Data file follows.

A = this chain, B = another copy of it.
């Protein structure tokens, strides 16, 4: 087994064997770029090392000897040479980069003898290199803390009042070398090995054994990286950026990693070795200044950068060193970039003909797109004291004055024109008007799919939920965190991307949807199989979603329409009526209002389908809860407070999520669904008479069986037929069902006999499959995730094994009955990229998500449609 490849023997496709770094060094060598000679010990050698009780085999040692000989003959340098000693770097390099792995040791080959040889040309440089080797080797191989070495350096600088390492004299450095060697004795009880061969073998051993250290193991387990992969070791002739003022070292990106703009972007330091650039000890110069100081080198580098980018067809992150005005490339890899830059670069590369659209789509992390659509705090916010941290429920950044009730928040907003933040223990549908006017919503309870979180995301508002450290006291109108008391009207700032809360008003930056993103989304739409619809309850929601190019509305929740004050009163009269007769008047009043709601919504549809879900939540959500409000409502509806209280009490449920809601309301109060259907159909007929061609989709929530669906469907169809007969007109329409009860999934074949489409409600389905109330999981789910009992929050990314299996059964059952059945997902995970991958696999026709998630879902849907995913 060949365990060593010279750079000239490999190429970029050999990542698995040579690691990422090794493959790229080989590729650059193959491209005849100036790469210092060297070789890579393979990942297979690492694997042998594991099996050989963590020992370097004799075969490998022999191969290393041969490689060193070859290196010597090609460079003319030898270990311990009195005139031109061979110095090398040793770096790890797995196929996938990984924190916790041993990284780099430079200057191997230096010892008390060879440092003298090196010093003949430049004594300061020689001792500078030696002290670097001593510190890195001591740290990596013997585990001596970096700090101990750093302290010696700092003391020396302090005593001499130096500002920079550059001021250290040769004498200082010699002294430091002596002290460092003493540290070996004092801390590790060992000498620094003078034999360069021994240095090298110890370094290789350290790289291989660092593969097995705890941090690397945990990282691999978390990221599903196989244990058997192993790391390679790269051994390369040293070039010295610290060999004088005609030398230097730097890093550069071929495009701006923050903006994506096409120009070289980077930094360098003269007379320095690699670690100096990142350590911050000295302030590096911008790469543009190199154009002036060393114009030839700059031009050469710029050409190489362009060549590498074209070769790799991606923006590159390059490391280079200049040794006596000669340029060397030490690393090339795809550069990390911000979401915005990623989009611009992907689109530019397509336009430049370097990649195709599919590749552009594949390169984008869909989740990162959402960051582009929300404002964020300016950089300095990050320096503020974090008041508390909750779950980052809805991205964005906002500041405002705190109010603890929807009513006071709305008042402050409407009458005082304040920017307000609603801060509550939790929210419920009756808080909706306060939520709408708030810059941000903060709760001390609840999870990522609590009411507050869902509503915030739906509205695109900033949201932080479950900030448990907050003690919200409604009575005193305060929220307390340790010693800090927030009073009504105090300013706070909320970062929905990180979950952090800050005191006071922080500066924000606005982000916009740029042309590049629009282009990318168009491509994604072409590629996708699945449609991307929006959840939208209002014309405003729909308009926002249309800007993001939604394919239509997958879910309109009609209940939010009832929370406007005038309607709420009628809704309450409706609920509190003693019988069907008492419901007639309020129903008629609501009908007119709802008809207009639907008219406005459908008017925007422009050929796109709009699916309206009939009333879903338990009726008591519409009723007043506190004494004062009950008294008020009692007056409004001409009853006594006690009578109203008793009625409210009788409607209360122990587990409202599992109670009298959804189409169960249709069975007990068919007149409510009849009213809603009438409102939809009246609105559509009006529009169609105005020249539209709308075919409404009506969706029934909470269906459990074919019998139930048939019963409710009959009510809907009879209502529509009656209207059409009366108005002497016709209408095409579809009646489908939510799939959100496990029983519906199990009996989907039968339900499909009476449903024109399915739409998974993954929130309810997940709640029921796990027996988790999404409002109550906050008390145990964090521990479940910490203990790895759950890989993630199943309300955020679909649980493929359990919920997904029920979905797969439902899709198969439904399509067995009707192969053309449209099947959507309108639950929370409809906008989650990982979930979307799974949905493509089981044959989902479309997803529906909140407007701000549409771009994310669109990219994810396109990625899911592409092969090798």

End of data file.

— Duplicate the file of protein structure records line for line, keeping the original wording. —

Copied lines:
A = this chain, B = another copy of it.
């Protein structure tokens, strides 16, 4: 087994064997770029090392000897040479980069003898290199803390009042070398090995054994990286950026990693070795200044950068060193970039003909797109004291004055024109008007799919939920965190991307949807199989979603329409009526209002389908809860407070999520669904008479069986037929069902006999499959995730094994009955990229998500449609 490849023997496709770094060094060598000679010990050698009780085999040692000989003959340098000693770097390099792995040791080959040889040309440089080797080797191989070495350096600088390492004299450095060697004795009880061969073998051993250290193991387990992969070791002739003022070292990106703009972007330091650039000890110069100081080198580098980018067809992150005005490339890899830059670069590369659209789509992390659509705090916010941290429920950044009730928040907003933040223990549908006017919503309870979180995301508002450290006291109108008391009207700032809360008003930056993103989304739409619809309850929601190019509305929740004050009163009269007769008047009043709601919504549809879900939540959500409000409502509806209280009490449920809601309301109060259907159909007929061609989709929530669906469907169809007969007109329409009860999934074949489409409600389905109330999981789910009992929050990314299996059964059952059945997902995970991958696999026709998630879902849907995913 060949365990060593010279750079000239490999190429970029050999990542698995040579690691990422090794493959790229080989590729650059193959491209005849100036790469210092060297070789890579393979990942297979690492694997042998594991099996050989963590020992370097004799075969490998022999191969290393041969490689060193070859290196010597090609460079003319030898270990311990009195005139031109061979110095090398040793770096790890797995196929996938990984924190916790041993990284780099430079200057191997230096010892008390060879440092003298090196010093003949430049004594300061020689001792500078030696002290670097001593510190890195001591740290990596013997585990001596970096700090101990750093302290010696700092003391020396302090005593001499130096500002920079550059001021250290040769004498200082010699002294430091002596002290460092003493540290070996004092801390590790060992000498620094003078034999360069021994240095090298110890370094290789350290790289291989660092593969097995705890941090690397945990990282691999978390990221599903196989244990058997192993790391390679790269051994390369040293070039010295610290060999004088005609030398230097730097890093550069071929495009701006923050903006994506096409120009070289980077930094360098003269007379320095690699670690100096990142350590911050000295302030590096911008790469543009190199154009002036060393114009030839700059031009050469710029050409190489362009060549590498074209070769790799991606923006590159390059490391280079200049040794006596000669340029060397030490690393090339795809550069990390911000979401915005990623989009611009992907689109530019397509336009430049370097990649195709599919590749552009594949390169984008869909989740990162959402960051582009929300404002964020300016950089300095990050320096503020974090008041508390909750779950980052809805991205964005906002500041405002705190109010603890929807009513006071709305008042402050409407009458005082304040920017307000609603801060509550939790929210419920009756808080909706306060939520709408708030810059941000903060709760001390609840999870990522609590009411507050869902509503915030739906509205695109900033949201932080479950900030448990907050003690919200409604009575005193305060929220307390340790010693800090927030009073009504105090300013706070909320970062929905990180979950952090800050005191006071922080500066924000606005982000916009740029042309590049629009282009990318168009491509994604072409590629996708699945449609991307929006959840939208209002014309405003729909308009926002249309800007993001939604394919239509997958879910309109009609209940939010009832929370406007005038309607709420009628809704309450409706609920509190003693019988069907008492419901007639309020129903008629609501009908007119709802008809207009639907008219406005459908008017925007422009050929796109709009699916309206009939009333879903338990009726008591519409009723007043506190004494004062009950008294008020009692007056409004001409009853006594006690009578109203008793009625409210009788409607209360122990587990409202599992109670009298959804189409169960249709069975007990068919007149409510009849009213809603009438409102939809009246609105559509009006529009169609105005020249539209709308075919409404009506969706029934909470269906459990074919019998139930048939019963409710009959009510809907009879209502529509009656209207059409009366108005002497016709209408095409579809009646489908939510799939959100496990029983519906199990009996989907039968339900499909009476449903024109399915739409998974993954929130309810997940709640029921796990027996988790999404409002109550906050008390145990964090521990479940910490203990790895759950890989993630199943309300955020679909649980493929359990919920997904029920979905797969439902899709198969439904399509067995009707192969053309449209099947959507309108639950929370409809906008989650990982979930979307799974949905493509089981044959989902479309997803529906909140407007701000549409771009994310669109990219994810396109990625899911592409092969090798």